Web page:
No. The tests that we offer are used to help diagnose visual and auditory deficits. The question of dyslexia is considered to be an educational diagnosis.
Can the problems you describe be fixed?
Yes. The problems diagnosed by iCept normally have a development basis to them which means that they are learned skills. Because they are learned they can also be trained.
Will training these skills improve my child’s learning?
Training can make a significant difference because the skills in question are so fundamental to learning. The main caveat to training however is if there is some other over riding deficit that either hinders the skills from being trained (eg. hearing loss) or else masks the benefits of the gains that are made. For this reason it is important to consider all factors that might be contributing towards a learning problem.
Do I need to get my child’s eyes or ears tested first?
An optometry assessment is strongly recommended if multiple visual skills are failed as there may be co-existing problems such as longsightedness, reduced near focusing, difficulty co-ordinating the eyes or visual stress. If your child has passed their school hearing test this should be an adequate basis for auditory training.
Can you recommend an optometrist or audiologist?
Optometrists using iCept or those specializing in children’s vision or behavioural optometry. To find an optometrist in your area click here. If you would like further auditory testing, an audiologist specializing in Auditory Processing Disorders (APD) is recommended.
What about tinted lenses?
There are a group of students who respond very positively to tinted lenses (usually blue, yellow or pink). A key symptom is whether they report “print moving on the page”. You can hold some reading material in front of a student and ask them, “do the words jump or move on the page”? If they respond “yes”, this is usually a reliable indicator (especially for older children) that they will benefit from tinted lenses. They will also be able to tell you what coloured tint makes the words most steady. The problem of words moving on the page is not the same as an eye tracking problem as students with an eye tracking problem do not report that words move on the page – they report skipping or jumping words when they read. The symptom of moving words persists even if one eye is covered. Although tinted lenses can be a great help, most students requiring tinted lenses will also benefit from training aspects of their visual and auditory development. Before prescribing tinted lenses near focusing and binocular skills should be assessed to eliminate other reasons for these symptoms. For more information on tinted lenses click here.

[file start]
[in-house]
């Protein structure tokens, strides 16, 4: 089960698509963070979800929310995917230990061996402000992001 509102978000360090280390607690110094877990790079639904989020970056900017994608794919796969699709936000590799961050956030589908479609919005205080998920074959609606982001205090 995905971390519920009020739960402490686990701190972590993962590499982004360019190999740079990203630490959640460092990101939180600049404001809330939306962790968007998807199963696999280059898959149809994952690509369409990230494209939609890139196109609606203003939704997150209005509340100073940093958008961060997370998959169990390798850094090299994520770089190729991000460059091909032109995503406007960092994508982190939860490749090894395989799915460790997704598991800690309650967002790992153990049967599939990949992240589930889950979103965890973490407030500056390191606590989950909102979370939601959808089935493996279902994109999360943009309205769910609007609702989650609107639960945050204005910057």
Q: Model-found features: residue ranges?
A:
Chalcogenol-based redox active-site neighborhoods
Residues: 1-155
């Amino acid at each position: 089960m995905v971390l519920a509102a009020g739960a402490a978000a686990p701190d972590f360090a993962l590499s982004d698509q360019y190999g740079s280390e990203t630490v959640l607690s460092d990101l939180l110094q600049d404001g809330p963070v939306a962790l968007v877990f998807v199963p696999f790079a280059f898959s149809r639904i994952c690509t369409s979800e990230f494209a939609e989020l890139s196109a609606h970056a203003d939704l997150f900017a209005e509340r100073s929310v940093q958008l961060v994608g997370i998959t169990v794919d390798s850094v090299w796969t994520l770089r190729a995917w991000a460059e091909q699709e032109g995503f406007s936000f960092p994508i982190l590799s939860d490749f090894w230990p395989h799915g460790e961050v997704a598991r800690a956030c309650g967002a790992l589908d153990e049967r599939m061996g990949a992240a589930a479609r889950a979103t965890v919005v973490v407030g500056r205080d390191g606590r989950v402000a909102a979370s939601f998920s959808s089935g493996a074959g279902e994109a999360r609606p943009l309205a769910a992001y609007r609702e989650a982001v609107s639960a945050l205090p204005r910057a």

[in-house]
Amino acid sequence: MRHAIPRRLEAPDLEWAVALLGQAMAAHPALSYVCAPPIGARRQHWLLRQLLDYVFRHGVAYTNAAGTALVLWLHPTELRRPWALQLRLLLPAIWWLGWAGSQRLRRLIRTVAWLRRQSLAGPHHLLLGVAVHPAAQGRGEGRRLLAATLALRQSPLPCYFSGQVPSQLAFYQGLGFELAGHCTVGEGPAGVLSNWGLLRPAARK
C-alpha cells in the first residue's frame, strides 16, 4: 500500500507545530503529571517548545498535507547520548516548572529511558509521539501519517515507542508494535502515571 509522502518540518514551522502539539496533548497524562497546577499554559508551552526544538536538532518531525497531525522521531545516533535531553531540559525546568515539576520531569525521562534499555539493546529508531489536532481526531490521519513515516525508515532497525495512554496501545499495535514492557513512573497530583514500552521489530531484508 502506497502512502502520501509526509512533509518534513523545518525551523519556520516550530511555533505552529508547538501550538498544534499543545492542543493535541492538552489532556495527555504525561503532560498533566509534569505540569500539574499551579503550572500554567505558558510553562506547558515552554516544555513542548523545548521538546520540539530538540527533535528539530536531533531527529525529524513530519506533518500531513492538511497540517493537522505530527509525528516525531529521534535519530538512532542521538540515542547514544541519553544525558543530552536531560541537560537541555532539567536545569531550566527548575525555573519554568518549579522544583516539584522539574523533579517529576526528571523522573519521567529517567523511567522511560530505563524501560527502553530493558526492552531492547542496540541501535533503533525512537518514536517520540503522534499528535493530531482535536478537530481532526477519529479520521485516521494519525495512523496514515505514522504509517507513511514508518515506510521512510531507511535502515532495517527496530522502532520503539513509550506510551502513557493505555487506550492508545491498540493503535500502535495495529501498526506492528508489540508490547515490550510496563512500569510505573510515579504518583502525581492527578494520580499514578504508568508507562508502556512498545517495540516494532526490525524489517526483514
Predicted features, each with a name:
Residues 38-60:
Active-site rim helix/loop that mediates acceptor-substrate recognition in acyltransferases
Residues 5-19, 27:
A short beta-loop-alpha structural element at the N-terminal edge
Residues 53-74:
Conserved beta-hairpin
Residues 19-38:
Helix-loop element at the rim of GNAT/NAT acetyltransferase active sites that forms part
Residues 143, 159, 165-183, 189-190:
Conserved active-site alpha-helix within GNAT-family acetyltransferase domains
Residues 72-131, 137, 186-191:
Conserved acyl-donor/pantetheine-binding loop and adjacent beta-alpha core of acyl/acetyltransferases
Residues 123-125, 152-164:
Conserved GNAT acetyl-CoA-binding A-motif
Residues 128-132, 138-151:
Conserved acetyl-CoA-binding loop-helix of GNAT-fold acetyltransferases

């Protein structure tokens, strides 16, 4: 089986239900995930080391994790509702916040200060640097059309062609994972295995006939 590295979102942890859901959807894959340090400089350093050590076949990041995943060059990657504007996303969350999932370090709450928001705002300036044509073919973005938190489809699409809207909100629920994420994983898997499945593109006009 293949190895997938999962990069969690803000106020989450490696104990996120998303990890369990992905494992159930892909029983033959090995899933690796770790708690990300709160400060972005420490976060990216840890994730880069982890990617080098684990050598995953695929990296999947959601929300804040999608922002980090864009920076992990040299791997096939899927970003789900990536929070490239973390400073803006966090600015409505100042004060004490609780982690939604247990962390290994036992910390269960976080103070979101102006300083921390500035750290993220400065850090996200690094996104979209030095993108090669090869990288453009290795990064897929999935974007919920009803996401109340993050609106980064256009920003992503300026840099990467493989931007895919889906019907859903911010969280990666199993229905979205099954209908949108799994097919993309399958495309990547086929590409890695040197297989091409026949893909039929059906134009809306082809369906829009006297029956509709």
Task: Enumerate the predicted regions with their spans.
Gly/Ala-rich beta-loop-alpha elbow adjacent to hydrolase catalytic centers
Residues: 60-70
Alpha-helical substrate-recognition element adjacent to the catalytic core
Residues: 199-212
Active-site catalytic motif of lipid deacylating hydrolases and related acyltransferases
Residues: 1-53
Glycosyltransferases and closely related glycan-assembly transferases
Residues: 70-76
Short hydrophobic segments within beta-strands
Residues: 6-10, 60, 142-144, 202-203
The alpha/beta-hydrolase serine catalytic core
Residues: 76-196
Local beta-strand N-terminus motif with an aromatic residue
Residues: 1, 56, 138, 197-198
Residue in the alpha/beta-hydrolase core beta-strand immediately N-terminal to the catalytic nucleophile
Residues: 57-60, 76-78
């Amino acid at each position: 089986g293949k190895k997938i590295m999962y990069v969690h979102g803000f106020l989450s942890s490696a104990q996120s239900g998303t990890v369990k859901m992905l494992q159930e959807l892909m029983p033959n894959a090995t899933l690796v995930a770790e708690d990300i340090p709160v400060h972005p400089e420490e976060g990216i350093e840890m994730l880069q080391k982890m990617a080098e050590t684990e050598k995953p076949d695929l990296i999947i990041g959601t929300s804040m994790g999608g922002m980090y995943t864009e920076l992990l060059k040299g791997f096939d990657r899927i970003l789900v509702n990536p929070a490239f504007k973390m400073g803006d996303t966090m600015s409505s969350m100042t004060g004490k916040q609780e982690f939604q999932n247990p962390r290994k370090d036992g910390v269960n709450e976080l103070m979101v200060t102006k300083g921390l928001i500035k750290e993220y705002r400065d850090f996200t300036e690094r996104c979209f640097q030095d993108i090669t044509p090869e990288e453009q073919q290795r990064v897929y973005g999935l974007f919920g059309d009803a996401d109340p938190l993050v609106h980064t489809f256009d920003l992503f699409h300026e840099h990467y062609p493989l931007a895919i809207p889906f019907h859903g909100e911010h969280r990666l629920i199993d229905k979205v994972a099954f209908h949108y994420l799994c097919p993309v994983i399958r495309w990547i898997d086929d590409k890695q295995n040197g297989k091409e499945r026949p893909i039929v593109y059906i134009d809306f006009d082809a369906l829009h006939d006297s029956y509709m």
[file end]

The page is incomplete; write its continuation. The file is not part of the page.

What causes visual and auditory deficits?
Although there is a known genetic basis for dyslexia; prematurity, environmental deprivation, various conditions (eg. autism, ADD/ADHD, dyspraxia etc) as well as trauma and a plethora of other possibilities not well understood (eg. diet & social behaviours) may be associated with developmental delays. In many cases we don’t know why a child presents with low level sensory perceptual delays affecting visual & auditory skills.
Is dyslexia caused by a problem with the cerebellum?
There is good evidence that the cerebellum is affected but so are a number of other parts of the brain. The treatment offered by the iCept programme targets those regions of the brain associated with a particular skill deficit. The cerebullum itself may possibly be involved with developing the automatic memory for these skills once they have been learned.